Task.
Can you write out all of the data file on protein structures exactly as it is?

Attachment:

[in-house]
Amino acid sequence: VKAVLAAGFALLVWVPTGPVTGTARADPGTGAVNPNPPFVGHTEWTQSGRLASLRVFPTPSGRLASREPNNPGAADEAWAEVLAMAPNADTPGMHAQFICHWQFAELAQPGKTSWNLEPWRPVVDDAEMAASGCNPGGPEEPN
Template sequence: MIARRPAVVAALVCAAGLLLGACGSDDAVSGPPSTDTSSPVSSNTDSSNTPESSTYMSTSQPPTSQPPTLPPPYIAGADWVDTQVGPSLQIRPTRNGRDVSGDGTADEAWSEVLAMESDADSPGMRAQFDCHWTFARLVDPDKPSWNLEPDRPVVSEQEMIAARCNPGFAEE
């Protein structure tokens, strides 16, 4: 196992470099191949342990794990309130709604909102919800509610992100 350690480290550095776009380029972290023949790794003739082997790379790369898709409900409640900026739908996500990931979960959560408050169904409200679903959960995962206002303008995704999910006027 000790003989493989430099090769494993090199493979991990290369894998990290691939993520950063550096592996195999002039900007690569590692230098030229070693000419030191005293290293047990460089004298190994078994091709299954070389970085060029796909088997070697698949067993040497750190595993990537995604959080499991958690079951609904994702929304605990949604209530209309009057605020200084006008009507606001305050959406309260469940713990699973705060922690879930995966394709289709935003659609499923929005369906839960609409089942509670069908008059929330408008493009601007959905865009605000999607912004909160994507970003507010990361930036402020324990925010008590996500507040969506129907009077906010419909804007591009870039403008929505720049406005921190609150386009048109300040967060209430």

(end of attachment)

[in-house]
Amino acid sequence: VKAVLAAGFALLVWVPTGPVTGTARADPGTGAVNPNPPFVGHTEWTQSGRLASLRVFPTPSGRLASREPNNPGAADEAWAEVLAMAPNADTPGMHAQFICHWQFAELAQPGKTSWNLEPWRPVVDDAEMAASGCNPGGPEEPN
Template sequence: MIARRPAVVAALVCAAGLLLGACGSDDAVSGPPSTDTSSPVSSNTDSSNTPESSTYMSTSQPPTSQPPTLPPPYIAGADWVDTQVGPSLQIRPTRNGRDVSGDGTADEAWSEVLAMESDADSPGMRAQFDCHWTFARLVDPDKPSWNLEPDRPVVSEQEMIAARCNPGFAEE
């Protein structure tokens, strides 16, 4: 196992470099191949342990794990309130709604909102919800509610992100 350690480290550095776009380029972290023949790794003739082997790379790369898709409900409640900026739908996500990931979960959560408050169904409200679903959960995962206002303008995704999910006027 000790003989493989430099090769494993090199493979991990290369894998990290691939993520950063550096592996195999002039900007690569590692230098030229070693000419030191005293290293047990460089004298190994078994091709299954070389970085060029796909088997070697698949067993040497750190595993990537995604959080499991958690079951609904994702929304605990949604209530209309009057605020200084006008009507606001305050959406309260469940713990699973705060922690879930995966394709289709935003659609499923929005369906839960609409089942509670069908008059929330408008493009601007959905865009605000999607912004909160994507970003507010990361930036402020324990925010008590996500507040969506129907009077906010419909804007591009870039403008929505720049406005921190609150386009048109300040967060209430």